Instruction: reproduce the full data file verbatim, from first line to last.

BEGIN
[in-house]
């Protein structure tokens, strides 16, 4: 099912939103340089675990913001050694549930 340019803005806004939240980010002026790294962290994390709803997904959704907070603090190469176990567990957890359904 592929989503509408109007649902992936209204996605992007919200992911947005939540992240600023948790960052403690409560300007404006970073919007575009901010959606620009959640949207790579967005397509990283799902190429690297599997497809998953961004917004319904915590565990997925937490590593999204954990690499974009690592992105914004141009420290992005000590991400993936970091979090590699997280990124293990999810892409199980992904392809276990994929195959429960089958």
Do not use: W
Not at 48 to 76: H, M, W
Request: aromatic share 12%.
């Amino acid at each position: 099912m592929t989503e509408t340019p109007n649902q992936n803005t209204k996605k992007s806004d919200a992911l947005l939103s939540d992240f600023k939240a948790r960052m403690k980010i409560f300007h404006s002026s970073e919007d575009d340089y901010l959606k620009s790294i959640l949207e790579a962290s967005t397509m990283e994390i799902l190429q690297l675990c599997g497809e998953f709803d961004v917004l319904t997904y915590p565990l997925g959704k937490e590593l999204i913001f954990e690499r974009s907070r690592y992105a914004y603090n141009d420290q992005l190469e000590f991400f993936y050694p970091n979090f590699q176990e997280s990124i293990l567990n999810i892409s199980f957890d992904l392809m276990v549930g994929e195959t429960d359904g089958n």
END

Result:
[in-house]
């Protein structure tokens, strides 16, 4: 099912939103340089675990913001050694549930 340019803005806004939240980010002026790294962290994390709803997904959704907070603090190469176990567990957890359904 592929989503509408109007649902992936209204996605992007919200992911947005939540992240600023948790960052403690409560300007404006970073919007575009901010959606620009959640949207790579967005397509990283799902190429690297599997497809998953961004917004319904915590565990997925937490590593999204954990690499974009690592992105914004141009420290992005000590991400993936970091979090590699997280990124293990999810892409199980992904392809276990994929195959429960089958």
Do not use: W
Not at 48 to 76: H, M, W
Request: aromatic share 12%.
């Amino acid at each position: 099912m592929t989503e509408t340019p109007n649902q992936n803005t209204k996605k992007s806004d919200a992911l947005l939103s939540d992240f600023k939240a948790r960052m403690k980010i409560f300007h404006s002026s970073e919007d575009d340089y901010l959606k620009s790294i959640l949207e790579a962290s967005t397509m990283e994390i799902l190429q690297l675990c599997g497809e998953f709803d961004v917004l319904t997904y915590p565990l997925g959704k937490e590593l999204i913001f954990e690499r974009s907070r690592y992105a914004y603090n141009d420290q992005l190469e000590f991400f993936y050694p970091n979090f590699q176990e997280s990124i293990l567990n999810i892409s199980f957890d992904l392809m276990v549930g994929e195959t429960d359904g089958n």